Lein Applied Diagnostics Ltd, a Berkshire-based company that is developing a revolutionary new product to measure blood glucose levels in people with diabetes, has successfully completed clinical tests of its advanced prototypes and secured further investment from Seven Spires Investments, a member of Thames Valley Investment Network (TVIN). The funding will enable Lein to accelerate the development programme for its non-invasive optical instrument.
Diabetes is a major problem, with 1.8 million sufferers in the UK and over 170m worldwide. The numbers are predicted to rise dramatically due to an ageing population and the general increase in obesity rates. People with Type 1 diabetes must measure their glucose levels four or five times a day in order to control their condition; they currently take a blood sample from a finger prick test, which is painful, inconvenient and can be unhygienic. As a result, some people do not test themselves as often as they should, increasing the likelihood of complications such as heart disease and blindness.
Lein’s patented blood glucose meter could transform the way people with diabetes test their blood glucose levels. In recent clinical tests, an advanced prototype of the instrument, which uses an innovative optical measurement technique to track the amount of glucose in the eye, produced well correlated readings of blood glucose levels when tested on volunteers with widely varying ages. Successful tests have also been performed on volunteers with contact lenses.
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25.09.2017 | Case Western Reserve University
At the productronica trade fair in Munich this November, the Fraunhofer Institute for Laser Technology ILT will be presenting Laser-Based Tape-Automated Bonding, LaserTAB for short. The experts from Aachen will be demonstrating how new battery cells and power electronics can be micro-welded more efficiently and precisely than ever before thanks to new optics and robot support.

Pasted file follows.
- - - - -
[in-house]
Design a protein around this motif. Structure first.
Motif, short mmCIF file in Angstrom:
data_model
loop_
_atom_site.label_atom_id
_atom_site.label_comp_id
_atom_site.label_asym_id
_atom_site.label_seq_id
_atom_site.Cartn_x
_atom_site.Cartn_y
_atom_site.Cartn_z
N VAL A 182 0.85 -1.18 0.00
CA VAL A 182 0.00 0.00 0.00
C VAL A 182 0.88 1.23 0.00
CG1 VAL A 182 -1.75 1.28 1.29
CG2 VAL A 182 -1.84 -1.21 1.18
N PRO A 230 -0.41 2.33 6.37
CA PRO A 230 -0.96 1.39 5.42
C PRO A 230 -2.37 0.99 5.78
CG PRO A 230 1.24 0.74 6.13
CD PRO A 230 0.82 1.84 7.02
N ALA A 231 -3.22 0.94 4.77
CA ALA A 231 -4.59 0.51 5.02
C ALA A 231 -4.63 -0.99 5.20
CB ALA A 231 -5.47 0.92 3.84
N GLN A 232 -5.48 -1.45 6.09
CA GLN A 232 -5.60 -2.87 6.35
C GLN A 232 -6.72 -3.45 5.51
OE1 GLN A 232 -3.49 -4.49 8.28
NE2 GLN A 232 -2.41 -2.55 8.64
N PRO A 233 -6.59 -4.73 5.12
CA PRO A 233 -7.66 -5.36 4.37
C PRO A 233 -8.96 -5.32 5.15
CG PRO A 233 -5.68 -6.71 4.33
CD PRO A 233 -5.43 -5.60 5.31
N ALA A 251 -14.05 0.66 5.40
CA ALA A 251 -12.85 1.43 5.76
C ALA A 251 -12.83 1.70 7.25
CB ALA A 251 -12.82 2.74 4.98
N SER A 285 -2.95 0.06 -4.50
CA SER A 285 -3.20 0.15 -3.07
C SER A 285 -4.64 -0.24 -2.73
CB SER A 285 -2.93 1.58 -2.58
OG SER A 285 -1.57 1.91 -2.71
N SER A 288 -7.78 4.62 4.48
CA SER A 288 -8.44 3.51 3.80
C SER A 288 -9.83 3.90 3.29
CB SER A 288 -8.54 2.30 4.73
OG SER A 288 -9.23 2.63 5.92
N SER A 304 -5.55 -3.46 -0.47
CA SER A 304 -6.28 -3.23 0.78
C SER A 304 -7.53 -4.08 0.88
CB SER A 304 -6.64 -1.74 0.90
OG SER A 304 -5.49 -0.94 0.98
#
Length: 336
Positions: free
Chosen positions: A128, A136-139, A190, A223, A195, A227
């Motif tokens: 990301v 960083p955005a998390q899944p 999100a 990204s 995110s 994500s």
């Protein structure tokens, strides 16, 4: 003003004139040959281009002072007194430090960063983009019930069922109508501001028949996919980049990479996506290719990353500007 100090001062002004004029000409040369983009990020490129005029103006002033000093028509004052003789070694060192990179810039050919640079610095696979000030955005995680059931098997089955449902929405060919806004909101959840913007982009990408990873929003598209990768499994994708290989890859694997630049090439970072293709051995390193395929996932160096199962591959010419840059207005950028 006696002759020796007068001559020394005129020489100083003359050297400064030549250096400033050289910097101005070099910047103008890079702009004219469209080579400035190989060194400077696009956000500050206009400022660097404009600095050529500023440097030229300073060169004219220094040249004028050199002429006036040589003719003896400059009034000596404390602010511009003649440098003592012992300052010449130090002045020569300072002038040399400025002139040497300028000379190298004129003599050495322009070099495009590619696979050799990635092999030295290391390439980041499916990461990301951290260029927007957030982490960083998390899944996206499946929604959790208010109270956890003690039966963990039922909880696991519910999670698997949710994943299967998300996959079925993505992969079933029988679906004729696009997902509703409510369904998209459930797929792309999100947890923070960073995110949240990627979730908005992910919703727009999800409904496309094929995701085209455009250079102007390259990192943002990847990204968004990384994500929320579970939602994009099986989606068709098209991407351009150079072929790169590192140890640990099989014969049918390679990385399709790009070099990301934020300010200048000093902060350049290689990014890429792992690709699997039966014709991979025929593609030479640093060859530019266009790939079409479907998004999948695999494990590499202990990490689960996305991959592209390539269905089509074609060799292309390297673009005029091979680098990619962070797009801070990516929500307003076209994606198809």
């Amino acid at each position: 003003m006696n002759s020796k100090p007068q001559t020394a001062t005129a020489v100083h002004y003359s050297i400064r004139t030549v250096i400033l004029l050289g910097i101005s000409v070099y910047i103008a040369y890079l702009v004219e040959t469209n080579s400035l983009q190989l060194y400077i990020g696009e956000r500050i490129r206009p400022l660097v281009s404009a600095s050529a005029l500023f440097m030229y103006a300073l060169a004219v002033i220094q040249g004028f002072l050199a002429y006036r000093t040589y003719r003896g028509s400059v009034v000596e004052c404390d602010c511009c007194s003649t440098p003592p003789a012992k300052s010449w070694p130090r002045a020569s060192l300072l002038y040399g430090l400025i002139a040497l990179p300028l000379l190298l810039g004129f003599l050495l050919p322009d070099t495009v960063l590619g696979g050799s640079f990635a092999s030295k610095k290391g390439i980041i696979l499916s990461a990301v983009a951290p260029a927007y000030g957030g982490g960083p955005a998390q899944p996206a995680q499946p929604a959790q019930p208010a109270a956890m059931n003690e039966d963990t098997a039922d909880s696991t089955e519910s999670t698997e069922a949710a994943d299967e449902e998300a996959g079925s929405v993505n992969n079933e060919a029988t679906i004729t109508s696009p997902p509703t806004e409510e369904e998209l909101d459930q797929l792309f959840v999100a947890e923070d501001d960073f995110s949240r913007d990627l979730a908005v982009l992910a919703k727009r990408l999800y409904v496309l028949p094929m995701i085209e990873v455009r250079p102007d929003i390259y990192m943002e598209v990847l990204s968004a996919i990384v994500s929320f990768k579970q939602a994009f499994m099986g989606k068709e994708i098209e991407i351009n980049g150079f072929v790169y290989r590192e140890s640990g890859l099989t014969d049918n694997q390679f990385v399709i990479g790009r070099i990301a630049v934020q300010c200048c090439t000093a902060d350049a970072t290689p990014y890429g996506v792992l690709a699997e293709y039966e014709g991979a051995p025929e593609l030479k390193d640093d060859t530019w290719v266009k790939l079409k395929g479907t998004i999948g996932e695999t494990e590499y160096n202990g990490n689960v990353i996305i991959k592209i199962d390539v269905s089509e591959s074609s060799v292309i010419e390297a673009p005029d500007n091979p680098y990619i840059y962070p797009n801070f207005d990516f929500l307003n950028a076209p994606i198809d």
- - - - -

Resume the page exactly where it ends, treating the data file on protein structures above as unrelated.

Fraunhofer ILT from Aachen relies on a clever combination of robotics and a laser scanner with new optics as well as process monitoring, which it has developed...
Plants and algae use the enzyme Rubisco to fix carbon dioxide, removing it from the atmosphere and converting it into biomass. Algae have figured out a way to increase the efficiency of carbon fixation. They gather most of their Rubisco into a ball-shaped microcompartment called the pyrenoid, which they flood with a high local concentration of carbon dioxide. A team of scientists at Princeton University, the Carnegie Institution for Science, Stanford University and the Max Plank Institute of Biochemistry have unravelled the mysteries of how the pyrenoid is assembled. These insights can help to engineer crops that remove more carbon dioxide from the atmosphere while producing more food.
A warming planet
Our brains house extremely complex neuronal circuits, whose detailed structures are still largely unknown. This is especially true for the so-called cerebral cortex of mammals, where among other things vision, thoughts or spatial orientation are being computed. Here the rules by which nerve cells are connected to each other are only partly understood. A team of scientists around Moritz Helmstaedter at the Frankfiurt Max Planck Institute for Brain Research and Helene Schmidt (Humboldt University in Berlin) have now discovered a surprisingly precise nerve cell connectivity pattern in the part of the cerebral cortex that is responsible for orienting the individual animal or human in space.
The researchers report online in Nature (Schmidt et al., 2017. Axonal synapse sorting in medial entorhinal cortex, DOI: 10.1038/nature24005) that synapses in...
Whispering gallery mode (WGM) resonators are used to make tiny micro-lasers, sensors, switches, routers and other devices. These tiny structures rely on a...
Using ultrafast flashes of laser and x-ray radiation, scientists at the Max Planck Institute of Quantum Optics (Garching, Germany) took snapshots of the briefest electron motion inside a solid material to date. The electron motion lasted only 750 billionths of the billionth of a second before it fainted, setting a new record of human capability to capture ultrafast processes inside solids!
When x-rays shine onto solid materials or large molecules, an electron is pushed away from its original place near the nucleus of the atom, leaving a hole...
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